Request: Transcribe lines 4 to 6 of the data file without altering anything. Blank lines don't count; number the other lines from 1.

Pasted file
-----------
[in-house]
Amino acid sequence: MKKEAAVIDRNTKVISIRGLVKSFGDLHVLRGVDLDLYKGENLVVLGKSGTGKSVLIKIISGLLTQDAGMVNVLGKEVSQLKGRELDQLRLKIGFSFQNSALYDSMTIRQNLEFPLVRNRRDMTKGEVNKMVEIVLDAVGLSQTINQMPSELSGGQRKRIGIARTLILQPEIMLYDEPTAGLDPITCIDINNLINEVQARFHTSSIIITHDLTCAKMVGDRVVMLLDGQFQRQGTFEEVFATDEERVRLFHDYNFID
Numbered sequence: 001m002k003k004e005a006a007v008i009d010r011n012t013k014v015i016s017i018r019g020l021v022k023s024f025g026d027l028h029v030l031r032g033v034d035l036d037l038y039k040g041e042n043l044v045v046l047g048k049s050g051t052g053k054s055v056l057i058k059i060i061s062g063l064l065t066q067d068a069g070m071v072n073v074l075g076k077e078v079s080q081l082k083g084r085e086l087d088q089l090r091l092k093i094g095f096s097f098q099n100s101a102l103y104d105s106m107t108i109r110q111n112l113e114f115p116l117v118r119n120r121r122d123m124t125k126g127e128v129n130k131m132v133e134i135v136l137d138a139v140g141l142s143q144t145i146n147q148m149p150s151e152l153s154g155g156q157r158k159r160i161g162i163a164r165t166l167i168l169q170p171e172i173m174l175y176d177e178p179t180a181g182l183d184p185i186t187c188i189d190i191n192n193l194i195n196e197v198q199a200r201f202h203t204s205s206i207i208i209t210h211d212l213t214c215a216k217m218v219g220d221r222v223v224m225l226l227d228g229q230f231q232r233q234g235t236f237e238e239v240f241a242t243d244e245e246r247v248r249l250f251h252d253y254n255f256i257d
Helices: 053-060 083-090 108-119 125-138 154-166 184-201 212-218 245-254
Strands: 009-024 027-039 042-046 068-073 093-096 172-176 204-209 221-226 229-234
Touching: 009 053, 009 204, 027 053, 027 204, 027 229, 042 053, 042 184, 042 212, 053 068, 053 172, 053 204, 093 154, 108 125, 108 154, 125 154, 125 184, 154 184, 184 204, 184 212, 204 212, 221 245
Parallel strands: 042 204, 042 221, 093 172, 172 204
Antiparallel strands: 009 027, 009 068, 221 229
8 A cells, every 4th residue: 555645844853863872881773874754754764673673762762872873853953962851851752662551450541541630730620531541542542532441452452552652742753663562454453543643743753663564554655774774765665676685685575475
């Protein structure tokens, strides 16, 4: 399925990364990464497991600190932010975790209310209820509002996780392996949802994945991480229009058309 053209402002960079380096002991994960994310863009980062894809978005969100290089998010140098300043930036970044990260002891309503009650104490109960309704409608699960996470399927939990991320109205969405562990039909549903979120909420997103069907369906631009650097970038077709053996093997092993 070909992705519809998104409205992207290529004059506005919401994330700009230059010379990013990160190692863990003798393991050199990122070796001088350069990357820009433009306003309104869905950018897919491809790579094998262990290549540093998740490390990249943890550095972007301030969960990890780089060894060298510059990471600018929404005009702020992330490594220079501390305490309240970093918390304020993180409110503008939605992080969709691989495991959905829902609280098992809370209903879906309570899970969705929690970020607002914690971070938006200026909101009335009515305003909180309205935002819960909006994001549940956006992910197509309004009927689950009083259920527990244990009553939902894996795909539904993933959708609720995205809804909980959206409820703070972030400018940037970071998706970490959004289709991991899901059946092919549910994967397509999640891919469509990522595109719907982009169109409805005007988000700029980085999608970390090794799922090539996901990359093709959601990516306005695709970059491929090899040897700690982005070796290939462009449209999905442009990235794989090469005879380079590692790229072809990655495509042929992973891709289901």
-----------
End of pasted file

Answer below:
Helices: 053-060 083-090 108-119 125-138 154-166 184-201 212-218 245-254
Strands: 009-024 027-039 042-046 068-073 093-096 172-176 204-209 221-226 229-234
Touching: 009 053, 009 204, 027 053, 027 204, 027 229, 042 053, 042 184, 042 212, 053 068, 053 172, 053 204, 093 154, 108 125, 108 154, 125 154, 125 184, 154 184, 184 204, 184 212, 204 212, 221 245